Artificial intelligence¹ audit? This question is becoming real every day as AI acceleration continues in the consumer and enterprise spaces. In 2021, the awareness around AI by enterprises is increasing and this means evaluating this technology to understand the implications on the business bottom-line.
The explosion of big data and AI translates to vast amounts of information that need scrutiny to ensure companies use data for productive roles. Developing AI audit standards is critical as every business strives to understand the value of data and making them competitive in this age of digital transformation.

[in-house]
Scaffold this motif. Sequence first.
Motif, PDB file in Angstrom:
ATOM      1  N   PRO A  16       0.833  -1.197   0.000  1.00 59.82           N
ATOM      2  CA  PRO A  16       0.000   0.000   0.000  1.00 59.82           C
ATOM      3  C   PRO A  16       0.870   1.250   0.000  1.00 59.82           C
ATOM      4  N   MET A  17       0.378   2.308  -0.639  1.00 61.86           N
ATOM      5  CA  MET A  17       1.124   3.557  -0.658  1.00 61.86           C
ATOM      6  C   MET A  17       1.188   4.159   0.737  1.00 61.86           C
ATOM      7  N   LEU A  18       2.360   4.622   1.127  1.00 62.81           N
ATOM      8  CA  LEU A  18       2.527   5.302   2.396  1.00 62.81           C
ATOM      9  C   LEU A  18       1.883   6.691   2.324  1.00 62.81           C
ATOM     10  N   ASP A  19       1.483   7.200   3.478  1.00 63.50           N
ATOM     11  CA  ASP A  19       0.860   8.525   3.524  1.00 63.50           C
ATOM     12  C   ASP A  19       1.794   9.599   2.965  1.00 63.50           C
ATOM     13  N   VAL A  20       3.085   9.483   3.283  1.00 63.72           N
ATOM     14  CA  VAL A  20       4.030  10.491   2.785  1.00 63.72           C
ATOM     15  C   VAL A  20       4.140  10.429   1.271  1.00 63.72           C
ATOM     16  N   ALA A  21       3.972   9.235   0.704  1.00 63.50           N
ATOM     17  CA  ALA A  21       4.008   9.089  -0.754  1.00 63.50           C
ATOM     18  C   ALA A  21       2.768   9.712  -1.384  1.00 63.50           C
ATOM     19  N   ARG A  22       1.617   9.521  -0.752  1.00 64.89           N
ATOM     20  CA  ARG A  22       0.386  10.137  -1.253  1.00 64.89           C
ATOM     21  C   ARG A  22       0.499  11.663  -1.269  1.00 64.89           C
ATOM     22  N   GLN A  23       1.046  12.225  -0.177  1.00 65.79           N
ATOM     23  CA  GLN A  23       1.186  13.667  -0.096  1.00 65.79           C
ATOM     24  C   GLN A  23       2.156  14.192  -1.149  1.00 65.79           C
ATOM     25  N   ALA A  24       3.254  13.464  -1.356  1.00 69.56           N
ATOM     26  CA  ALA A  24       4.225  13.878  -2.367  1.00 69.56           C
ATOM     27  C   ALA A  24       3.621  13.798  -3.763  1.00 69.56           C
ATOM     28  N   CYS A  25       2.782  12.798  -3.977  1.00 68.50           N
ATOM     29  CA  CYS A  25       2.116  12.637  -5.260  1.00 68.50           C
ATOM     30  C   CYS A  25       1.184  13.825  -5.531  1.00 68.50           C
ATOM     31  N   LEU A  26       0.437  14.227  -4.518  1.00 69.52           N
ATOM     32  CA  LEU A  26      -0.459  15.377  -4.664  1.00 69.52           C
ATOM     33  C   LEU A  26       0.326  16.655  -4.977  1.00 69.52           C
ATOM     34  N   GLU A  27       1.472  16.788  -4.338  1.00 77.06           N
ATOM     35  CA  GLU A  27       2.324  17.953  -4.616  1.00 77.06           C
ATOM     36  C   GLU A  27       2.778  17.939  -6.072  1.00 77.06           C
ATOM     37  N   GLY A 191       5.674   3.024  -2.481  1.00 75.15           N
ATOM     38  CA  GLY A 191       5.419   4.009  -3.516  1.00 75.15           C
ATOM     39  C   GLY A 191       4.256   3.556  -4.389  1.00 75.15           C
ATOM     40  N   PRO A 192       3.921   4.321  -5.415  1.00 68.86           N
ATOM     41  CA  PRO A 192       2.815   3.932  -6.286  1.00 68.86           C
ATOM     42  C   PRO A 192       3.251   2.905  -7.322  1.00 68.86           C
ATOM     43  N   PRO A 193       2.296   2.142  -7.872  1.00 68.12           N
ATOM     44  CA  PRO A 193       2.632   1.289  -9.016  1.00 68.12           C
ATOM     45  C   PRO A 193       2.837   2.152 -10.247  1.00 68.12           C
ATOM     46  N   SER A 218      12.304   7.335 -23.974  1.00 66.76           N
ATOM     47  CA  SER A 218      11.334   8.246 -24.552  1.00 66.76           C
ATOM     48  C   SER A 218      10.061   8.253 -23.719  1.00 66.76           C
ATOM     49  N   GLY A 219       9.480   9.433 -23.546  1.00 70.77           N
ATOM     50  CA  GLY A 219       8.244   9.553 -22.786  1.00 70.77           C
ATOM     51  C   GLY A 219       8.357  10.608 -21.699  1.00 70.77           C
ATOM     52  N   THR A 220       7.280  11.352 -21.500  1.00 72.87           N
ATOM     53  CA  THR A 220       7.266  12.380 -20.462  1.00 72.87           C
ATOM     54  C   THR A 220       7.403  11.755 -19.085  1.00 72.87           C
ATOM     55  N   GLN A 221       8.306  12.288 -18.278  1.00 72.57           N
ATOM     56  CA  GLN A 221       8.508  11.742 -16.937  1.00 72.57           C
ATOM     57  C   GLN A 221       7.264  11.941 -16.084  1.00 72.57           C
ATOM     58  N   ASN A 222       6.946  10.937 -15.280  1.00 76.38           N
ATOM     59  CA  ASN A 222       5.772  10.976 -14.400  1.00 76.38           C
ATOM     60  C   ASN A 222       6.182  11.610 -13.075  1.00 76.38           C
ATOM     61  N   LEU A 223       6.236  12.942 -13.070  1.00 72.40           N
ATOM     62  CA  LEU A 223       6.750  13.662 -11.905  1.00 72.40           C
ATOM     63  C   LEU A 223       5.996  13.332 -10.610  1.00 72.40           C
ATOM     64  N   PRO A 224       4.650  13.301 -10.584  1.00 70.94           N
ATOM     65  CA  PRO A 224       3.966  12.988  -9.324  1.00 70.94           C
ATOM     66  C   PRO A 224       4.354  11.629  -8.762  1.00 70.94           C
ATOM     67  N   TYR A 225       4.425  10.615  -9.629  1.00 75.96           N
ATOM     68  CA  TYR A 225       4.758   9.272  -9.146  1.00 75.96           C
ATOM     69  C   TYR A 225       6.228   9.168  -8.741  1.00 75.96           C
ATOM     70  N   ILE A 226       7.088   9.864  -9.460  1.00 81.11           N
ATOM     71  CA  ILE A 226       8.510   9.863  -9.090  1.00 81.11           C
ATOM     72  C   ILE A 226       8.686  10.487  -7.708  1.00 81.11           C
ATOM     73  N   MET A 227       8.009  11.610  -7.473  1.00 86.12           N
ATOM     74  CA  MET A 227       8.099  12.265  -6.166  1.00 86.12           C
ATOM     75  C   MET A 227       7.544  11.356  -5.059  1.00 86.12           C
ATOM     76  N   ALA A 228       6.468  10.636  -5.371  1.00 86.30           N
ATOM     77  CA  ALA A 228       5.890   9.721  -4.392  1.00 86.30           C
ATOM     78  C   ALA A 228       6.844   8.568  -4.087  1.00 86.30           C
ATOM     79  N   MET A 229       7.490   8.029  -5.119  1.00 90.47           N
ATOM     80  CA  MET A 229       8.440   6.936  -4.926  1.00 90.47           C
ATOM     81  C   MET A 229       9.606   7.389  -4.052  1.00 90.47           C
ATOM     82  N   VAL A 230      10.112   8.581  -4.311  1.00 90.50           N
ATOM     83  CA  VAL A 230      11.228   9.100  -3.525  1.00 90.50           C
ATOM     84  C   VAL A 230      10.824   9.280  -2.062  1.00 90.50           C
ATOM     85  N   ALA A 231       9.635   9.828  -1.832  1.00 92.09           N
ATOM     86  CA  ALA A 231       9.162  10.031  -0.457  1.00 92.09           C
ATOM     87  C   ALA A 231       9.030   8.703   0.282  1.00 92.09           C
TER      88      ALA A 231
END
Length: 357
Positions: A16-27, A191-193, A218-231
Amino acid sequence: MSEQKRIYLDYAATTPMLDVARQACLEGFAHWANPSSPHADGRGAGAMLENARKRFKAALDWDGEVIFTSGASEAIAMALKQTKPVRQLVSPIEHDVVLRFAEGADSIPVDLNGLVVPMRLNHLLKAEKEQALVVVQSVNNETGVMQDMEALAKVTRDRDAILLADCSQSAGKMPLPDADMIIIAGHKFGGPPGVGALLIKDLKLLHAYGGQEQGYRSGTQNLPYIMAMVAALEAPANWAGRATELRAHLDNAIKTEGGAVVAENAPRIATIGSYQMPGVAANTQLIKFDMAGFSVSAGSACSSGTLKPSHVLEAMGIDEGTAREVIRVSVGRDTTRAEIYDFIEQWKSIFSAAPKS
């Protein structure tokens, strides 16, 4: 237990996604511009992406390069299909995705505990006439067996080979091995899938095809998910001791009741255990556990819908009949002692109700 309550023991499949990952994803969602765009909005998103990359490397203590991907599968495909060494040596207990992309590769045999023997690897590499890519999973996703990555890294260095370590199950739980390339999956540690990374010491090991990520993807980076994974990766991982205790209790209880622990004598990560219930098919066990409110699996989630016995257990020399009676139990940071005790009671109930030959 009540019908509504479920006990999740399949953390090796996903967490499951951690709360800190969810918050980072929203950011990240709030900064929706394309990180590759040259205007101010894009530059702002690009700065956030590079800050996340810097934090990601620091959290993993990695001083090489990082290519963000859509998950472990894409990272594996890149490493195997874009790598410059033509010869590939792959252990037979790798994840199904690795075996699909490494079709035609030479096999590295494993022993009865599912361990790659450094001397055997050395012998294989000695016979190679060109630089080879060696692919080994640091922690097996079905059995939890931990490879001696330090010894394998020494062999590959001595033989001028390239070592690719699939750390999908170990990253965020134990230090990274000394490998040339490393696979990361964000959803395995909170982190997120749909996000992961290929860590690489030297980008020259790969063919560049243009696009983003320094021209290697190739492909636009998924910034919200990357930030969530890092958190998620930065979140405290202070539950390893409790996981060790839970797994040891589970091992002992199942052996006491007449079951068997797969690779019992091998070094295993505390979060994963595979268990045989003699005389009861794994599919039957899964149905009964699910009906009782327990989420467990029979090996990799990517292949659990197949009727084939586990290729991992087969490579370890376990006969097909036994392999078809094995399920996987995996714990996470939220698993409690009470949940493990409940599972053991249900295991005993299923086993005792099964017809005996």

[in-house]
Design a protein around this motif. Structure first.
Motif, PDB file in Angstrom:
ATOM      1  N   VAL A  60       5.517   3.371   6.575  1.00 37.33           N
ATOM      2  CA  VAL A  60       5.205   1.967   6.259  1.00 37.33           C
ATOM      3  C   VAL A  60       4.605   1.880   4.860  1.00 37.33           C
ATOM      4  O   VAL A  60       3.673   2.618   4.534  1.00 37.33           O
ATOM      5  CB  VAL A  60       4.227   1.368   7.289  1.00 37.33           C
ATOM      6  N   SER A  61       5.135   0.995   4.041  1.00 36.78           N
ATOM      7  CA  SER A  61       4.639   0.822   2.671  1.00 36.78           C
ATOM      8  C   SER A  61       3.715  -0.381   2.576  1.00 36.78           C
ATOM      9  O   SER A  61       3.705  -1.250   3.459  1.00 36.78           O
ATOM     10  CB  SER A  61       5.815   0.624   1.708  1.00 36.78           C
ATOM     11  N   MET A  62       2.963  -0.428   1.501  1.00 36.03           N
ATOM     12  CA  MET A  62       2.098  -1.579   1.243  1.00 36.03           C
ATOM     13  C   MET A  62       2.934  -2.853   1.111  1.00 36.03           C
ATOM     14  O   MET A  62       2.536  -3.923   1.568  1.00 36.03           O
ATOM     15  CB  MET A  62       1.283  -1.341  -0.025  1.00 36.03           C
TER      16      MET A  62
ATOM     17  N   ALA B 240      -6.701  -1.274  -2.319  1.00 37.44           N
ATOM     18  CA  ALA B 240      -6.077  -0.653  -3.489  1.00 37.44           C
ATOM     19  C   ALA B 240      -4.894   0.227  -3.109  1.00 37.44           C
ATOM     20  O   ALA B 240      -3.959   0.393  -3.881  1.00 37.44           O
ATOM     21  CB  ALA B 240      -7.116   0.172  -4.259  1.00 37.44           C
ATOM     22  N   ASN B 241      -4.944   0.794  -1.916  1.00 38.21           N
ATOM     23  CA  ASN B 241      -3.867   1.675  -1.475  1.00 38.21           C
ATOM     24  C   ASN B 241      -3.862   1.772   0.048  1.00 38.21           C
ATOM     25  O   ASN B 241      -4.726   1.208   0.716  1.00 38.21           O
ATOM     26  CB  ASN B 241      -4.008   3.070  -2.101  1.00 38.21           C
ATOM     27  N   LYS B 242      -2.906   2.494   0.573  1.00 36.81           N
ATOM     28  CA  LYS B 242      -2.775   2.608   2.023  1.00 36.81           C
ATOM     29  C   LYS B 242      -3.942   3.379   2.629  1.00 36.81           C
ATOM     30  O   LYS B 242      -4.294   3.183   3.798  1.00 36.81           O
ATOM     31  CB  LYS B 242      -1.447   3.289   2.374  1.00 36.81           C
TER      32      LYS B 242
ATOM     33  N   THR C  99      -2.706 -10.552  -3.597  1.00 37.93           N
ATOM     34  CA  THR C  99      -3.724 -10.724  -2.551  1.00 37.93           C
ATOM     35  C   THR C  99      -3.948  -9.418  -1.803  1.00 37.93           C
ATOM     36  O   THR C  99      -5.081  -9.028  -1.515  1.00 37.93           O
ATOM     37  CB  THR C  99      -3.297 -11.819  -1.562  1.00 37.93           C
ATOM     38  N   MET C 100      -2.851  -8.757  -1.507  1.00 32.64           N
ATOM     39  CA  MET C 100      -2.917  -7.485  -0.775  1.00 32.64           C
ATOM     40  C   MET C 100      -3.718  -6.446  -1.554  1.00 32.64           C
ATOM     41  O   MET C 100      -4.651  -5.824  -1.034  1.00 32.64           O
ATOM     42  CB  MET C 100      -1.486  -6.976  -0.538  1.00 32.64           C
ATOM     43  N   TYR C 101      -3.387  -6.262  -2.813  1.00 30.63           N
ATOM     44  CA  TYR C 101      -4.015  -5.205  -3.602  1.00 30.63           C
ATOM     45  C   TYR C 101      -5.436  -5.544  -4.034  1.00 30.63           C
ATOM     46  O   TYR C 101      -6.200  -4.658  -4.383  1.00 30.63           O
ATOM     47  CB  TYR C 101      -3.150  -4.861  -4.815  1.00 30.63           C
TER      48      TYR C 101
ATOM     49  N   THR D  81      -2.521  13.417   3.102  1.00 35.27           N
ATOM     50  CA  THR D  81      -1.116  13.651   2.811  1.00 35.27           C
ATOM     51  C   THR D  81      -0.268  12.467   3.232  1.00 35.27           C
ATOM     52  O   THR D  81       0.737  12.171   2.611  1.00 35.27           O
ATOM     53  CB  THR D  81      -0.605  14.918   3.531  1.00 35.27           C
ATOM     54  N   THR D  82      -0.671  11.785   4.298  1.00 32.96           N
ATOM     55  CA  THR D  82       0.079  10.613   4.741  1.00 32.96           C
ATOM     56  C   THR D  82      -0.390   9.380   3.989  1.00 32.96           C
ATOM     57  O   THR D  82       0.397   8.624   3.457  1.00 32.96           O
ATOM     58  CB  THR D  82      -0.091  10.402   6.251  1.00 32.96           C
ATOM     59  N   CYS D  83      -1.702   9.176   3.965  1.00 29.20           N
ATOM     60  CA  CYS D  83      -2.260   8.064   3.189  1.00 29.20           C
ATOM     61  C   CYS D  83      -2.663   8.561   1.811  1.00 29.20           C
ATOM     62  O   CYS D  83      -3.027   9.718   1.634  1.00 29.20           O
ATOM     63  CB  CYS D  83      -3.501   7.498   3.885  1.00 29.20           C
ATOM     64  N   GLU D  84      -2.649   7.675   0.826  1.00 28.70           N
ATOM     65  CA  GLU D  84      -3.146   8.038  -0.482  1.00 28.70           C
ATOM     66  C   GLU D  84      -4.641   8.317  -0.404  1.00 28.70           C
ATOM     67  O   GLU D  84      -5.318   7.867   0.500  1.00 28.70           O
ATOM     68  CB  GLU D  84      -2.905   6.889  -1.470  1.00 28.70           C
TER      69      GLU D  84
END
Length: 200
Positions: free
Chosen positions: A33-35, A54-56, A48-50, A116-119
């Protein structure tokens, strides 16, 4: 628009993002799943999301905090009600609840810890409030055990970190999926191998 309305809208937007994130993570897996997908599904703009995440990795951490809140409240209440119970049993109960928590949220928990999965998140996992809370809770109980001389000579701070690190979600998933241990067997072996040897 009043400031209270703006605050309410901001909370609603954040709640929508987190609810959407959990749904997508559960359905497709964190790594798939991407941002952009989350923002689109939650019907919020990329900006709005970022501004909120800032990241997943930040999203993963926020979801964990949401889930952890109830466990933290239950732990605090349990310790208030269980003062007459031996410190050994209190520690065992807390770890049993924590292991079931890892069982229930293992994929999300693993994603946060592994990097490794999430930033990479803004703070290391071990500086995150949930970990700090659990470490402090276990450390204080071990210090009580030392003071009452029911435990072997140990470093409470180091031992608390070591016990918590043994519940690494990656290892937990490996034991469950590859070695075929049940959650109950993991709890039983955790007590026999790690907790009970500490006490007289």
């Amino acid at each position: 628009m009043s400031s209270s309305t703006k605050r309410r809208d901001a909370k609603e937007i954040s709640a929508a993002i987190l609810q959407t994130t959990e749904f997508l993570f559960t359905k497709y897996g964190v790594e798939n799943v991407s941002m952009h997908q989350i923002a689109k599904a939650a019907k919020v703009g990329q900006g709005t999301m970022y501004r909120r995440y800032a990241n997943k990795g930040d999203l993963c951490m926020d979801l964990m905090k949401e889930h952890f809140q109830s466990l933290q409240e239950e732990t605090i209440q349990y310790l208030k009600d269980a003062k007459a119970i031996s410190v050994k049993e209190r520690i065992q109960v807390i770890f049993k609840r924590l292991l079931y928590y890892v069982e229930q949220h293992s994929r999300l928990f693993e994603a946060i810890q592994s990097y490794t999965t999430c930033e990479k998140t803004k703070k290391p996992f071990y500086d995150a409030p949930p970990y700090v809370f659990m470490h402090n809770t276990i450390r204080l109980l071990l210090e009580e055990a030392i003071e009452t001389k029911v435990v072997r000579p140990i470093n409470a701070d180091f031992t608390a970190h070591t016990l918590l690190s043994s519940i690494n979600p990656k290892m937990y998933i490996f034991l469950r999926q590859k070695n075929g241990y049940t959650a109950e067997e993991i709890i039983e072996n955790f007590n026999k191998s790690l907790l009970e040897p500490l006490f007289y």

Governance and compliance around AI systems² has not come of age. However, enterprises continue to develop approaches for understanding and executing AI capabilities in their operations. A KPMG poll conducted in 2020 found that the C-suite prefers AI audits even after the pandemic to ensure their businesses thrive with this technology. That said, implementing an AI audit is an uphill task that requires solid IT procedures that enable management understand the workings of the AI technology in their operations.
AI auditing is a step towards informing the C-suite about the value of artificial intelligence to the business. For example, the AI audit³ procedure should educate CEO’s on the importance of leveraging this technology as disruption happens everywhere. Accordingly, the AI audit exposes the risks involved to the business and stakeholders such as customers and developing safeguard controls.
This paper will explore the checklist you need when auditing your AI systems:
1. AI Business Outcomes